STOCKTON — A retired judge who served on a panel of legal experts that met recently to discuss the Brock Turner case said that a Santa Clara judge was right to rule the way that he did in the case.

"It was a lawful sentence within the discretion given to the judge by the legislature based on the crime as it was defined at that time," Arthur Scotland, retired presiding justice of the California Court of Appeals for the Third District, told the Northern California Record. 

In June 2016, Judge Aaron Persky sentenced Turner to six months in jail after he was convicted of sexually assaulting a young woman who was intoxicated and unconscious. Turner also had to register as a sex offender. He only served three months in jail.

Since that time, there has been a public outcry over the short sentence.

Scotland joined other legal experts in the "Know Impartiality, Know Justice: Ensuring the Importance of an Impartial Judiciary in California" panel, which drew 200 people to the University of the Pacific event in November.

Judge Barbara Kronlund, of the Superior Court of San Joaquin County, organized and co-moderated the presentation, prepared and presented a PowerPoint.  In addition to Scotland, other panel members included: 

Ming Chin, an associate justice of the California Supreme Court;  Morrison England, chief judge for the U.S. District Court for the Eastern District of California; and Mike Vitiello, University of the Pacific law professor.

Some of the ideas discussed were: why the general public should care about preserving a fair and impartial judicial system, whether courts and judges are accountable for their rulings, and whether the potential for recalling judges is a good system. The panel also covered whether the threat of media coverage impacts the ability of a judge to make impartial decisions, whether the media gave fair coverage of the sentencing of Turner and commented on the letter by 46 law school professors, saying “the recall movement seeks to make (judges) fear the wrath of voters if they exercise their lawful discretion in favor of lenience."

In addition, the panel covered what judges can do when they are subject to unfair criticism of their judicial decisions and how the judicial branch seeks to police itself from bias/conflict to ensure an impartial judiciary.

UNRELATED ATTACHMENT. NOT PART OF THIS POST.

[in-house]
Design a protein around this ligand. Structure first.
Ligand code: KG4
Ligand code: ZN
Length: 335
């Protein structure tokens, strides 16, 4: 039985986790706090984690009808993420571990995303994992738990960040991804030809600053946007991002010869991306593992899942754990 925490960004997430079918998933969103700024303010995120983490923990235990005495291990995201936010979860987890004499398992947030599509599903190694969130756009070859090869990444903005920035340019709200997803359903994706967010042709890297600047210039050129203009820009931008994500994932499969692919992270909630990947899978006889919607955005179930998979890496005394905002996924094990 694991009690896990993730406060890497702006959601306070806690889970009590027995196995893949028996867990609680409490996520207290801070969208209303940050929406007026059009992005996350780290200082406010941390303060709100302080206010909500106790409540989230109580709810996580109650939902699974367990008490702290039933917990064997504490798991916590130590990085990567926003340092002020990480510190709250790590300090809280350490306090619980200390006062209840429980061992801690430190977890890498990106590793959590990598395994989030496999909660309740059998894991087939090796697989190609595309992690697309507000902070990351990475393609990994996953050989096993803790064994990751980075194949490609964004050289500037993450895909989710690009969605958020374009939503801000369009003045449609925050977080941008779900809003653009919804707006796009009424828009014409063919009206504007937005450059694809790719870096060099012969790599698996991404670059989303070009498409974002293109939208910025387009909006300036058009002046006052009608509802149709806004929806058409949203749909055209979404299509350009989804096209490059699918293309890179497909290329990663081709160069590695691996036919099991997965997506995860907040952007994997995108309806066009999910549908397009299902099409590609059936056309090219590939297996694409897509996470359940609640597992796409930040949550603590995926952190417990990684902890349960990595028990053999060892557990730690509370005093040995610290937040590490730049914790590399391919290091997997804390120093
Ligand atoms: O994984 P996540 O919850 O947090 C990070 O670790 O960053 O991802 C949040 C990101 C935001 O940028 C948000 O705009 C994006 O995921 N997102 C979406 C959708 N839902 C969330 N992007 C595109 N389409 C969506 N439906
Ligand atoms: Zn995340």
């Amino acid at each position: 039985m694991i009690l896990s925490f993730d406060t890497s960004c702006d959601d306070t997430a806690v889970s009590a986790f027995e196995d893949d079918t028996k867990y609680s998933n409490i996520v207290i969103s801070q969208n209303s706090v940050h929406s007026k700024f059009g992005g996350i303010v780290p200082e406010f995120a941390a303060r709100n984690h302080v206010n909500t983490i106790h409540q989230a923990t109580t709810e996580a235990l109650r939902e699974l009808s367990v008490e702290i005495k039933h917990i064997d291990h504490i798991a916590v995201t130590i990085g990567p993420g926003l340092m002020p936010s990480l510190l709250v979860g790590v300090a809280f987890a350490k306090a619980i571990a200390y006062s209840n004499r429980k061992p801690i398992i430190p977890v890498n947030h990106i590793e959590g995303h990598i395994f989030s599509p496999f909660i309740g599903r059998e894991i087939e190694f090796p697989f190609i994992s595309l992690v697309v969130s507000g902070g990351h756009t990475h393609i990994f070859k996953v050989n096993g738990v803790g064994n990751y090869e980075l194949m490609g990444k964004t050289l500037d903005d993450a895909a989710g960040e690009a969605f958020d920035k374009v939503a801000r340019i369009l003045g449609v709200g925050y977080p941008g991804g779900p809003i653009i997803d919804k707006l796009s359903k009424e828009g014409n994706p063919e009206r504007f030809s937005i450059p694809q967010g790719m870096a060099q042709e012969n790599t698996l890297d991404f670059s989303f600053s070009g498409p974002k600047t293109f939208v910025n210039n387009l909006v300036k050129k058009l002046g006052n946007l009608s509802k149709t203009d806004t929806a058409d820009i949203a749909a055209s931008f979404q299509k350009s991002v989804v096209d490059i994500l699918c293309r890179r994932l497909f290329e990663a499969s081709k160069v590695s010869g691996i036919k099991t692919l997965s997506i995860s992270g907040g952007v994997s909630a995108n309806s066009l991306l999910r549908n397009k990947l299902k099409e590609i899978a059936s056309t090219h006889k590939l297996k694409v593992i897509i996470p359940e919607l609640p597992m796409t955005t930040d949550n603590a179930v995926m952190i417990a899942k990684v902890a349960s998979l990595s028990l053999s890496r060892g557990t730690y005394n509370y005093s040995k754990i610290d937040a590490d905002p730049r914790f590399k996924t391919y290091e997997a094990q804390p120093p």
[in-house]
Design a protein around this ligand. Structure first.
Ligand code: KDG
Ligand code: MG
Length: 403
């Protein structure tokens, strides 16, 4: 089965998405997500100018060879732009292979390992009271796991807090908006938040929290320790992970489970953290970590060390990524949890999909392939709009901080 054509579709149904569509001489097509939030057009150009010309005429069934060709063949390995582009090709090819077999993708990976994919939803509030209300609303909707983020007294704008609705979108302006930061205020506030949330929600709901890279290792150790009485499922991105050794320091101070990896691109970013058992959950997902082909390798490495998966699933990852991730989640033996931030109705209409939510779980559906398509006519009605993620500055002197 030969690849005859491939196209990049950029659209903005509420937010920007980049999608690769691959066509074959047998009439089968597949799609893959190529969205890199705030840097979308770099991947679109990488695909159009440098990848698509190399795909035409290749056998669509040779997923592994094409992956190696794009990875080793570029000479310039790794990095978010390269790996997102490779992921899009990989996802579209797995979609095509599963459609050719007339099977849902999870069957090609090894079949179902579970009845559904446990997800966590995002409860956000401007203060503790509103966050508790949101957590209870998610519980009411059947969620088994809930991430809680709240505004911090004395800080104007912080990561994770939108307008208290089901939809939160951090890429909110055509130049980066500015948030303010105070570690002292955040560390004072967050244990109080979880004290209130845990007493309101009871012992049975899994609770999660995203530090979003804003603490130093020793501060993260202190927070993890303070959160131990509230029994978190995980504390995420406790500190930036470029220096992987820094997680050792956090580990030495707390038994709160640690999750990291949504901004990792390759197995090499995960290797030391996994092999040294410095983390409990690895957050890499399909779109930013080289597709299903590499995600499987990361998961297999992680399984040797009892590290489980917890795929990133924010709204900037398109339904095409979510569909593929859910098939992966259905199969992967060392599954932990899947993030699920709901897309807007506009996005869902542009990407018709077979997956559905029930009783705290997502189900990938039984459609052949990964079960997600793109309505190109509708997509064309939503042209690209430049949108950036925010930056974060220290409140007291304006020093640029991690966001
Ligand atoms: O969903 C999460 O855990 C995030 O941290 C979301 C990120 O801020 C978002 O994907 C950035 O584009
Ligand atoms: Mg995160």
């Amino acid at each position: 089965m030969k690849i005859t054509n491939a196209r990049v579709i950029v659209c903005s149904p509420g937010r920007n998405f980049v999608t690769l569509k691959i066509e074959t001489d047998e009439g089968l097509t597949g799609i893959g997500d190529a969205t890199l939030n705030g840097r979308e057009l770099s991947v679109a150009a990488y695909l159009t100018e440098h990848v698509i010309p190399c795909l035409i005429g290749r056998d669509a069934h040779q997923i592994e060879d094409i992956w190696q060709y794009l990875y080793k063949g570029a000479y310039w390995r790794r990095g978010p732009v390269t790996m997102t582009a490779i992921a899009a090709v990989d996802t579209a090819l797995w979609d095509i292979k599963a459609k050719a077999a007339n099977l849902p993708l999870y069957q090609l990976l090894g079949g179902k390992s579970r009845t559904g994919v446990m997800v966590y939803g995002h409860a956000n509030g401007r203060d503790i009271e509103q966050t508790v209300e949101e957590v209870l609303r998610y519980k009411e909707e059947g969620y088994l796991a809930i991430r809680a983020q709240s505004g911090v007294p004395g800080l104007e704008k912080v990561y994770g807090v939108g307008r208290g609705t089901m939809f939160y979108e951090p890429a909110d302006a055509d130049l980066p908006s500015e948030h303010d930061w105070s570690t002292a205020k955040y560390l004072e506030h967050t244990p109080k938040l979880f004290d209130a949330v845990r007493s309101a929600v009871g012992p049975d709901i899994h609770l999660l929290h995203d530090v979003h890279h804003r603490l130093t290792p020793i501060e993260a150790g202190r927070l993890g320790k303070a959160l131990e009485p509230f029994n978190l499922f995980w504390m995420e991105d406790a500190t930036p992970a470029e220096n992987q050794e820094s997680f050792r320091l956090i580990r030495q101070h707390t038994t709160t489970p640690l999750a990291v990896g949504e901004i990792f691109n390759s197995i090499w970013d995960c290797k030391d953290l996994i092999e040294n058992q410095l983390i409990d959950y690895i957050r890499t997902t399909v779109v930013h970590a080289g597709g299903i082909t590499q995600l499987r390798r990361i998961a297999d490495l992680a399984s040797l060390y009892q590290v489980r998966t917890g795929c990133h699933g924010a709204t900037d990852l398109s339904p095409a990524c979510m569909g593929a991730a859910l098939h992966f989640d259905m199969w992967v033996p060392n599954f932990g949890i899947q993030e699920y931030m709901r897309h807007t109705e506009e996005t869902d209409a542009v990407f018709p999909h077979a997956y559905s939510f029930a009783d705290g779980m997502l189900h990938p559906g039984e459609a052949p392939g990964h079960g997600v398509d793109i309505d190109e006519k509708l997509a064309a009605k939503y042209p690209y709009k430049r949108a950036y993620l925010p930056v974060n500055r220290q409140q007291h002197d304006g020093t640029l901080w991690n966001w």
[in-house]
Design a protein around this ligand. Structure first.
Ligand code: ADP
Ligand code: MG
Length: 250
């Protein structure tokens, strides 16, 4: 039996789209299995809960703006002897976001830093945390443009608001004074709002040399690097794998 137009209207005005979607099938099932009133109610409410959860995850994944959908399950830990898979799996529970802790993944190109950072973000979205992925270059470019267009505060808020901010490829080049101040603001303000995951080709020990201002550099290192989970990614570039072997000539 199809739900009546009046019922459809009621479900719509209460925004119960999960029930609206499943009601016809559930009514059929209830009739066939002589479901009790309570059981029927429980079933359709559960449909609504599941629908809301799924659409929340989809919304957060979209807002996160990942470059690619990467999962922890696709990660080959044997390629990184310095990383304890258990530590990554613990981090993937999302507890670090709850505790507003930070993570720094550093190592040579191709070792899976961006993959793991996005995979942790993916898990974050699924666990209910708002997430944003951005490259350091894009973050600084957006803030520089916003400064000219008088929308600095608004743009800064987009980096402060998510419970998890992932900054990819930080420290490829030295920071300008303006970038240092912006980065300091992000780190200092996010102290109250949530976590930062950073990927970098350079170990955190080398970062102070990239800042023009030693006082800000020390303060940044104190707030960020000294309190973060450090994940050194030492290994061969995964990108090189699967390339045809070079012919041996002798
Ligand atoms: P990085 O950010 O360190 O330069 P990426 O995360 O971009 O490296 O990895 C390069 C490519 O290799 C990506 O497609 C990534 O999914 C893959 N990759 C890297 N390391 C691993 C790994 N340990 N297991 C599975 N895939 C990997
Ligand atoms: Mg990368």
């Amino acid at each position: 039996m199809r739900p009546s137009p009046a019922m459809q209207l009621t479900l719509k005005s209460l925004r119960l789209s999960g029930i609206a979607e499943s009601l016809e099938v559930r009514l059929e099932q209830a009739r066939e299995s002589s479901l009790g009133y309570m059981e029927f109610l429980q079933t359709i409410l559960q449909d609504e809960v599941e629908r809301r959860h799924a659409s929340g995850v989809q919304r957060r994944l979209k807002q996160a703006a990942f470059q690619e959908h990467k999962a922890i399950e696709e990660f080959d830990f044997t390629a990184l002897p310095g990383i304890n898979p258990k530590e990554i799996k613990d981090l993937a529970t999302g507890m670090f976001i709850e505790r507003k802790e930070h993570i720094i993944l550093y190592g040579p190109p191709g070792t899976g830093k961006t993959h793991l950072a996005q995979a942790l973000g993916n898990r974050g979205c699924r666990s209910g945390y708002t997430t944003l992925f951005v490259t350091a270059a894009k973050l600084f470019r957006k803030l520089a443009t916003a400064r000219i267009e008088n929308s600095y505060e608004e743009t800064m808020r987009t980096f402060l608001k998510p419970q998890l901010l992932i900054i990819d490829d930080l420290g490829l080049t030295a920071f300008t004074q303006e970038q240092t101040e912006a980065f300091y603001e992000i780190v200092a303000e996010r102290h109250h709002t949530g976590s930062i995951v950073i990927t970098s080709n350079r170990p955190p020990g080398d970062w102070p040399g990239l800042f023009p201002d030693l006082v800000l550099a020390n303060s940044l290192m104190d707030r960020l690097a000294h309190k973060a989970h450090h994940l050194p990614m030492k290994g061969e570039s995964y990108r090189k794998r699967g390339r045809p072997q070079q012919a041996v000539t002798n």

Vitiello told the audience that he thought the result of the controversy might be that judges would start to give out longer sentences; however, Scotland disagreed.

“All of the judges with whom I served for over 23 years took their duties seriously and cared deeply about making the legally correct decision, even if it might be unpopular," Scotland told the Record.  "I do not suggest that there is no judge who might allow the potential of a recall effort to affect his or her sentencing decision. But I believe that Mike, whom I respect as a smart and talented professor, overstates this potential.”

Scotland said judges cannot sentence on whim.

"They must follow rules set forth in the Penal Code giving judges limited sentencing discretion and must apply Rules of Court that require judges to consider specified circumstances in mitigation and aggravation relating to the crime and the offender," he said. "Judges also must consider a report prepared by the County Probation Department, which has the responsibility to do a background investigation of the defendant, prepare a social history report and recommend a sentence.”

Scotland thought that media coverage of the Turner case was inadequate.

“In my view, most of the media coverage about the Brock Turner sentencing was superficial and failed to fulfill the media’s obligation to accurately and thoroughly inform the public of the reasons for Judge Persky’s ruling and the fact that he imposed a lawful sentence recommended by the probation department," he said.

He concluded that public pressure on judges is inappropriate except in a legislative forum.

“It would be a sorry state of affairs if public pressure causes judges to hold their fingers in the wind and rule based on public sentiment rather than impartial rules of law," he said. "If the public feels that the rules are wrong, they should seek to change the laws through legislative action, rather than undermine the judiciary simply because a judge issued a lawful but unpopular decision.”

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